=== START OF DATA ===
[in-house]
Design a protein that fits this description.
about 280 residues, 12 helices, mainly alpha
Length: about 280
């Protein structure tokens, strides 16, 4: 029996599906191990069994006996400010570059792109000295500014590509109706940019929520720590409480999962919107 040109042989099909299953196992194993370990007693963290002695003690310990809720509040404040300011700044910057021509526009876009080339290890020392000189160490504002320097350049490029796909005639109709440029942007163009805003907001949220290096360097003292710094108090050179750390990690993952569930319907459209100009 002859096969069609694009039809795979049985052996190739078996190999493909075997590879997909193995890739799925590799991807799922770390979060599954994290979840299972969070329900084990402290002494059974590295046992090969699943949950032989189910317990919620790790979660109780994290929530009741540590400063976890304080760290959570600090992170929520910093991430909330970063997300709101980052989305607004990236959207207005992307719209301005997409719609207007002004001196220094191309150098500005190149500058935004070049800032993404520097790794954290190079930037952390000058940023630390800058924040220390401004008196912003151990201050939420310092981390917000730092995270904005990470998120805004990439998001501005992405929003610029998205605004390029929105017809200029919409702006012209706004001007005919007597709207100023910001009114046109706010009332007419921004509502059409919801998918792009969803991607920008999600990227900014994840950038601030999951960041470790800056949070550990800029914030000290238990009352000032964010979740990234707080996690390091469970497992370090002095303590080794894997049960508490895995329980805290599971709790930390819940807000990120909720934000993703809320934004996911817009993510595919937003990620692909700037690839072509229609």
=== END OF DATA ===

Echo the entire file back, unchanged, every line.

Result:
[in-house]
Design a protein that fits this description.
about 280 residues, 12 helices, mainly alpha
Length: about 280
């Protein structure tokens, strides 16, 4: 029996599906191990069994006996400010570059792109000295500014590509109706940019929520720590409480999962919107 040109042989099909299953196992194993370990007693963290002695003690310990809720509040404040300011700044910057021509526009876009080339290890020392000189160490504002320097350049490029796909005639109709440029942007163009805003907001949220290096360097003292710094108090050179750390990690993952569930319907459209100009 002859096969069609694009039809795979049985052996190739078996190999493909075997590879997909193995890739799925590799991807799922770390979060599954994290979840299972969070329900084990402290002494059974590295046992090969699943949950032989189910317990919620790790979660109780994290929530009741540590400063976890304080760290959570600090992170929520910093991430909330970063997300709101980052989305607004990236959207207005992307719209301005997409719609207007002004001196220094191309150098500005190149500058935004070049800032993404520097790794954290190079930037952390000058940023630390800058924040220390401004008196912003151990201050939420310092981390917000730092995270904005990470998120805004990439998001501005992405929003610029998205605004390029929105017809200029919409702006012209706004001007005919007597709207100023910001009114046109706010009332007419921004509502059409919801998918792009969803991607920008999600990227900014994840950038601030999951960041470790800056949070550990800029914030000290238990009352000032964010979740990234707080996690390091469970497992370090002095303590080794894997049960508490895995329980805290599971709790930390819940807000990120909720934000993703809320934004996911817009993510595919937003990620692909700037690839072509229609």